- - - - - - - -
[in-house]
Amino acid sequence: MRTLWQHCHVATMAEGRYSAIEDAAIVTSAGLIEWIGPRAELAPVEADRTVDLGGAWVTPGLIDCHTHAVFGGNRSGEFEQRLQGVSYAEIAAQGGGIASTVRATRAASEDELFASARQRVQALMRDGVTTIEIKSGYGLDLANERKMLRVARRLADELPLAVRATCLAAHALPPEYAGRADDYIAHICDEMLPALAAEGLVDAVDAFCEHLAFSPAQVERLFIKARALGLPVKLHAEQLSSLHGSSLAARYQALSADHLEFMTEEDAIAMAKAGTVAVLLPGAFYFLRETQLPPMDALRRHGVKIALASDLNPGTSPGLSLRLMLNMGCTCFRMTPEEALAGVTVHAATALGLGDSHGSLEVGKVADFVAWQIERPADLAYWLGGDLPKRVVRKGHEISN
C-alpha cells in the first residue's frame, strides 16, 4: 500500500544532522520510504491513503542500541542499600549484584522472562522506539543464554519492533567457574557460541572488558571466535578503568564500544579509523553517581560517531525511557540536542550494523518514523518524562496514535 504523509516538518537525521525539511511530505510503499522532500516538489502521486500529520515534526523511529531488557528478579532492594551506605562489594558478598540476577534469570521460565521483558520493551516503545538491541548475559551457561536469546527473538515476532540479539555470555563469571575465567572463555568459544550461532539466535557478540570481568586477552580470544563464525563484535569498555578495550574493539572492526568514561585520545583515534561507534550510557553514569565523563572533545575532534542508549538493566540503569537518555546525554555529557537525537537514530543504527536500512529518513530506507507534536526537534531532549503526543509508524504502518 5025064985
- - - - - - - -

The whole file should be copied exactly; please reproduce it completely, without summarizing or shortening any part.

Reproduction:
[in-house]
Amino acid sequence: MRTLWQHCHVATMAEGRYSAIEDAAIVTSAGLIEWIGPRAELAPVEADRTVDLGGAWVTPGLIDCHTHAVFGGNRSGEFEQRLQGVSYAEIAAQGGGIASTVRATRAASEDELFASARQRVQALMRDGVTTIEIKSGYGLDLANERKMLRVARRLADELPLAVRATCLAAHALPPEYAGRADDYIAHICDEMLPALAAEGLVDAVDAFCEHLAFSPAQVERLFIKARALGLPVKLHAEQLSSLHGSSLAARYQALSADHLEFMTEEDAIAMAKAGTVAVLLPGAFYFLRETQLPPMDALRRHGVKIALASDLNPGTSPGLSLRLMLNMGCTCFRMTPEEALAGVTVHAATALGLGDSHGSLEVGKVADFVAWQIERPADLAYWLGGDLPKRVVRKGHEISN
C-alpha cells in the first residue's frame, strides 16, 4: 500500500544532522520510504491513503542500541542499600549484584522472562522506539543464554519492533567457574557460541572488558571466535578503568564500544579509523553517581560517531525511557540536542550494523518514523518524562496514535 504523509516538518537525521525539511511530505510503499522532500516538489502521486500529520515534526523511529531488557528478579532492594551506605562489594558478598540476577534469570521460565521483558520493551516503545538491541548475559551457561536469546527473538515476532540479539555470555563469571575465567572463555568459544550461532539466535557478540570481568586477552580470544563464525563484535569498555578495550574493539572492526568514561585520545583515534561507534550510557553514569565523563572533545575532534542508549538493566540503569537518555546525554555529557537525537537514530543504527536500512529518513530506507507534536526537534531532549503526543509508524504502518 5025064985